Rainbow Man by Eddy Morton – An album review by Pete Millington
Rainbow Man is a new album of evocative and beautifully performed folk rock songs from Stourbridge based singer Eddy Morton.
Rainbow Man is Eddy’s fourth solo album though his discography dates back to 1991 in the days when he appeared at The Hacienda with The Adventure Babies. He was a founder member of The New Bushbury Mountain Daredevils with whom he recorded 3 albums and later The Bushburys with whom he recorded 5 albums. He toured all over the UK and Europe with The Bushburys and the band appeared at every major Folk/Roots Festival in the UK and Europe including Cambridge, Cropredy, Skagen, Guildford, Dranouter, The Badentreffen (Nuremburg) and many more.
As a solo performer, Eddy Morton has worked all over the UK, Ireland and the USA supporting many top acts including, The Saw Doctors, Manfred Mann, Ralph Mctell and Lindisfarne. In 1992 he joined Factory Records band, the Adventure Babies working with Steve Lillywhite of U2 fame.
Based in Stourbridge, the Black County town famed for its glass making heritage, Eddy Morton has for the past fourteen years run live music venue Katie Fitzgeralds, New Mountain music and more recently KMS events organising countless concerts and is now co director of The Stourbridge Folk Festival in its second year.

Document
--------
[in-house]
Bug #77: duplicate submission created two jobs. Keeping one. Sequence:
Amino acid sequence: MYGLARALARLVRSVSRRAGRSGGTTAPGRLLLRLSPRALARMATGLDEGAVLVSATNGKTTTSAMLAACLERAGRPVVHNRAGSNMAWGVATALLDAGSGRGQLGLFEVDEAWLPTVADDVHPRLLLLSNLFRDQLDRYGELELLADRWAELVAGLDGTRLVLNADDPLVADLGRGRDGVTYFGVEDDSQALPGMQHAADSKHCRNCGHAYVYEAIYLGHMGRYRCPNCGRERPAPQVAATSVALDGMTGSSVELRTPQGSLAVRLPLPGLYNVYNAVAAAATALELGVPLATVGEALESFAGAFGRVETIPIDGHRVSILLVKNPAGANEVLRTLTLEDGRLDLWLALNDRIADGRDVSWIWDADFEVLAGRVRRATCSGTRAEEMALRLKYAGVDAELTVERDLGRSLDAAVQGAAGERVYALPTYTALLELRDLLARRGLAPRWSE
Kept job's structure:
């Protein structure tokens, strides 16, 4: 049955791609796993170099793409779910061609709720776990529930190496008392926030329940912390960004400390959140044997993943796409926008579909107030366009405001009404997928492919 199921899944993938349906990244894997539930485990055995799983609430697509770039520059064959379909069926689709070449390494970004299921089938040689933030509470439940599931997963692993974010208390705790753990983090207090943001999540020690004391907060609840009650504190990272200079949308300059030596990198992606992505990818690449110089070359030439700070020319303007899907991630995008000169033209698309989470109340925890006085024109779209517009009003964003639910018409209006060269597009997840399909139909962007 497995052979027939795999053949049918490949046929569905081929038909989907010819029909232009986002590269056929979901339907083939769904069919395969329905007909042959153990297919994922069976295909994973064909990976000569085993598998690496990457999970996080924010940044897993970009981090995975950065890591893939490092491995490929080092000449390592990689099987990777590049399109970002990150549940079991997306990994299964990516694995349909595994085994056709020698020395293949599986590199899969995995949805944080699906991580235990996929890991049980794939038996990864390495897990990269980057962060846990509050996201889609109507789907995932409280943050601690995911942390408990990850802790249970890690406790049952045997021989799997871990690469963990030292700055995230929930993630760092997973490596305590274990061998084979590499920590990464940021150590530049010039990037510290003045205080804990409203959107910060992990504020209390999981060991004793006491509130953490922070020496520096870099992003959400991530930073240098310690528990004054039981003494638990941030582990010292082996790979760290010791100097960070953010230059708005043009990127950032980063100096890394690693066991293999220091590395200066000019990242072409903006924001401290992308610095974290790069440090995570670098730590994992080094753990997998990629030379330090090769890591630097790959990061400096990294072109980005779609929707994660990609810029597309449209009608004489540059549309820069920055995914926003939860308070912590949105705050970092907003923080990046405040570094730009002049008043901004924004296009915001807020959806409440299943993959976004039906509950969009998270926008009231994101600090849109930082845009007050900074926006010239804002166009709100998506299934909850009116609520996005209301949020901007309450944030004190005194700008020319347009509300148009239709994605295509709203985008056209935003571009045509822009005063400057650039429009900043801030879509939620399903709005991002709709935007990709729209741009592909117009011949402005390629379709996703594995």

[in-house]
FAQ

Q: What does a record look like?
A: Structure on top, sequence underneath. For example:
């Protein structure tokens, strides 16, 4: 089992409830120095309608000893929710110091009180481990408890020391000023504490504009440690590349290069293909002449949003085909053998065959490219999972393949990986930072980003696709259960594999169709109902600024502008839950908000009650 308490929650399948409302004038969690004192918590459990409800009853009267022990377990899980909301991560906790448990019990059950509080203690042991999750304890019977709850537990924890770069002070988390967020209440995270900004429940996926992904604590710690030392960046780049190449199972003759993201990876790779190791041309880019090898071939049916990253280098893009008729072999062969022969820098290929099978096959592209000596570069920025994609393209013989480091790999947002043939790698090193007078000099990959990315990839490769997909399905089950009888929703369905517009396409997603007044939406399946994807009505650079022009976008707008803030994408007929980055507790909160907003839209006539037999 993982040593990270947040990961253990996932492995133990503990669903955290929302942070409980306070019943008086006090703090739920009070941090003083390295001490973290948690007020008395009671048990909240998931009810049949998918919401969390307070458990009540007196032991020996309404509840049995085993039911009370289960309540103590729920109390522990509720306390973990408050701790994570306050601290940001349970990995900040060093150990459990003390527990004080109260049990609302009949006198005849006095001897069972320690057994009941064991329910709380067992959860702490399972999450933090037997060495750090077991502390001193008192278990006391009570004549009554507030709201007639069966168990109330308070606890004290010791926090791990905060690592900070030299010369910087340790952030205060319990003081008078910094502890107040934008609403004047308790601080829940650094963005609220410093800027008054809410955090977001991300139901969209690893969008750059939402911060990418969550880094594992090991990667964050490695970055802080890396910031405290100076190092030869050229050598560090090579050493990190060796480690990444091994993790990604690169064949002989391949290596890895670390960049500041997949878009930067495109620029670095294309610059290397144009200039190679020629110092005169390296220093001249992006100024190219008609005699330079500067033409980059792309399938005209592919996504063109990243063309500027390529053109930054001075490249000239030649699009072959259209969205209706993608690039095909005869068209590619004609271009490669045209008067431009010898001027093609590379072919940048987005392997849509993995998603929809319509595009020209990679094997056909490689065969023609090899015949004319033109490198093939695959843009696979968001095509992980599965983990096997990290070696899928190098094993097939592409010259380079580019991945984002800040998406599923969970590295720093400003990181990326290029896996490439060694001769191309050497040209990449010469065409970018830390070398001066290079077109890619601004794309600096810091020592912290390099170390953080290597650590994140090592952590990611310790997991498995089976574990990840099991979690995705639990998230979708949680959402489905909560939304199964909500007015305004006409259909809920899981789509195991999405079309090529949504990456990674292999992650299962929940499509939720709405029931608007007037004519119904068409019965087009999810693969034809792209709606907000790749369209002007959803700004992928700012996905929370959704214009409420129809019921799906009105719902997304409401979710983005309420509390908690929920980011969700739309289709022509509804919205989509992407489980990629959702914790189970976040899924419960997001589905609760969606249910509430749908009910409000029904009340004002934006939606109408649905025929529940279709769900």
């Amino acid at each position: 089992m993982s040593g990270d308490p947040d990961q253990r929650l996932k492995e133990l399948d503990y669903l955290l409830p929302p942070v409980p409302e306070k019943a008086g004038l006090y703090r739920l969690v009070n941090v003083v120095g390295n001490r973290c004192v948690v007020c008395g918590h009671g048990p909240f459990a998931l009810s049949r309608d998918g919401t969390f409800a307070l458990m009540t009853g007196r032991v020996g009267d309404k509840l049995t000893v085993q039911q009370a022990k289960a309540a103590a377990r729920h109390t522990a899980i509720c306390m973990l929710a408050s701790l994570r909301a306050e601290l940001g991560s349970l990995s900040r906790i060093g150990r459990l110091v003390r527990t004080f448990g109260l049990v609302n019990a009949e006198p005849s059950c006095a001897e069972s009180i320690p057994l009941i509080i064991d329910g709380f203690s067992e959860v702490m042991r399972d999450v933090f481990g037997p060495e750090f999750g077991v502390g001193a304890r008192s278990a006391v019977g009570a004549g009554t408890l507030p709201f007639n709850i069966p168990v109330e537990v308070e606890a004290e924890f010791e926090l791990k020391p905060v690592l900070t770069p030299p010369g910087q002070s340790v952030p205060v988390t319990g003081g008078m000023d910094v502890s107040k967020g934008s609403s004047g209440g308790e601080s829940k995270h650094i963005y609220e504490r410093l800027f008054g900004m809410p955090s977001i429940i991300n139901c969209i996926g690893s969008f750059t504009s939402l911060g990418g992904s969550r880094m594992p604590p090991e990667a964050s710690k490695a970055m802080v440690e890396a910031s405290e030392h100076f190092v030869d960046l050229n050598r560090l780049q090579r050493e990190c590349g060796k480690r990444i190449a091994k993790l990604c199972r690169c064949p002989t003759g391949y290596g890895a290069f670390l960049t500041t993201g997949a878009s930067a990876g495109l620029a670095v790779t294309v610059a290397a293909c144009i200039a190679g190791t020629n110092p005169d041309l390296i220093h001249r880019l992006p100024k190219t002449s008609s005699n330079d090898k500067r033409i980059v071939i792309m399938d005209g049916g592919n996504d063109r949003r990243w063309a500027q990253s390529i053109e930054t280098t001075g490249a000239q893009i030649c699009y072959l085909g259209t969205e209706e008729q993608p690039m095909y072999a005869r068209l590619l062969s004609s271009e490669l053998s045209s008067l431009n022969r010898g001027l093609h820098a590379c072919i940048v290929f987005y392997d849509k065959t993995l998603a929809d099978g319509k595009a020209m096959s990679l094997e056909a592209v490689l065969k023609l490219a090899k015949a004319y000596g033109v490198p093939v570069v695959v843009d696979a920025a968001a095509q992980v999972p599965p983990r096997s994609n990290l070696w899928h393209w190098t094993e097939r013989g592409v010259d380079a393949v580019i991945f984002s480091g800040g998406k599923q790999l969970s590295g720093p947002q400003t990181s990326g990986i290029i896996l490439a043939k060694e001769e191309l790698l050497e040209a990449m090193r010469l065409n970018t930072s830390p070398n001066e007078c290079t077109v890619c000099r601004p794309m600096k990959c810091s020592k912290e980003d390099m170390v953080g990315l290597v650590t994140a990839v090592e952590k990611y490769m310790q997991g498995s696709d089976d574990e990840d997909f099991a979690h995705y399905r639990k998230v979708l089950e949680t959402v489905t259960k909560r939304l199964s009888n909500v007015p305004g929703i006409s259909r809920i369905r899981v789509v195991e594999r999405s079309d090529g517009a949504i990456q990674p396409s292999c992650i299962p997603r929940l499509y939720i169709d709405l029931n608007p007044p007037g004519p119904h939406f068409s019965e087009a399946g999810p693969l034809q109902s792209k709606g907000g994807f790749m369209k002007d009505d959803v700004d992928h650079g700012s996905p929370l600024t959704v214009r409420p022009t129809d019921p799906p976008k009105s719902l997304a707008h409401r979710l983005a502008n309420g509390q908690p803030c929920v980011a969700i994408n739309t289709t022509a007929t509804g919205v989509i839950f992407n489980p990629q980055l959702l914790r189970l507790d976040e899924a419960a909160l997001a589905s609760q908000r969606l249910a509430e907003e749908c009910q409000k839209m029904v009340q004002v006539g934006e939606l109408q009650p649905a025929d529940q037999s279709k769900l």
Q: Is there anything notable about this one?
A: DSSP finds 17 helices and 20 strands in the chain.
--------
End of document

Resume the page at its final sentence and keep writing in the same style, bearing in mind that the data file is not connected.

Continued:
Rainbow Man is an album of 11 melodic and well-crafted folk rock songs, many driven by strong ethical themes, some personal but all conveying rich and engaging stories that make for a great listening experience.
The front cover has striking artwork featuring the subject of the album’s title and opening track, the vibrantly coloured Rainbow Man himself. The album is dedicated to the memory of an old friend of Morton’s and one can’t help feeling a shared sense of loss for a special person conveyed both in the image and the song. The music on the album is without doubt deserving of the beautifully painted cover as Morton takes us seamlessly from one delightful song to the next – each uniquely lovely.
Guitarist, piano and harmonica player Morton is backed by a cluster of highly accomplished musicians on the album including fiddle player Andy Jones, uillean piper Aidan O’Brien, Trevor Spinks on dobro, Eliza Marshall (Bansoori, bass flute), Lee Southall (harmonica) and special guest Sunjay (guitar).
There are clearly many musical influences on this album from the Irish and North American folk traditions in particular but also something distinctively English and I’d go so far as saying Black Country – with my 16 year old son Joe playing soccer for the Glass Boys this forthcoming season I must give The Battle For Stourbridge a special mention, whilst the song is actually about the battle of local canal enthusiasts to keep the Stourbridge canal open in 1962 and not about brawny youths kicking muddy footballs around Black Country football pitches, even so, it has already become an anthem in our household.
But from the sardonic and tripping Emily to the driving Celtic fury of Ghostland every track on this album is actually stunning and it has to be heard and enjoyed in its wide-ranging entirety. So please take this tip and treat yourself to a very special album of decent new songs from a stalwart of fine folk-rock music.
Find the man and his music here: www.newmountainmusic.com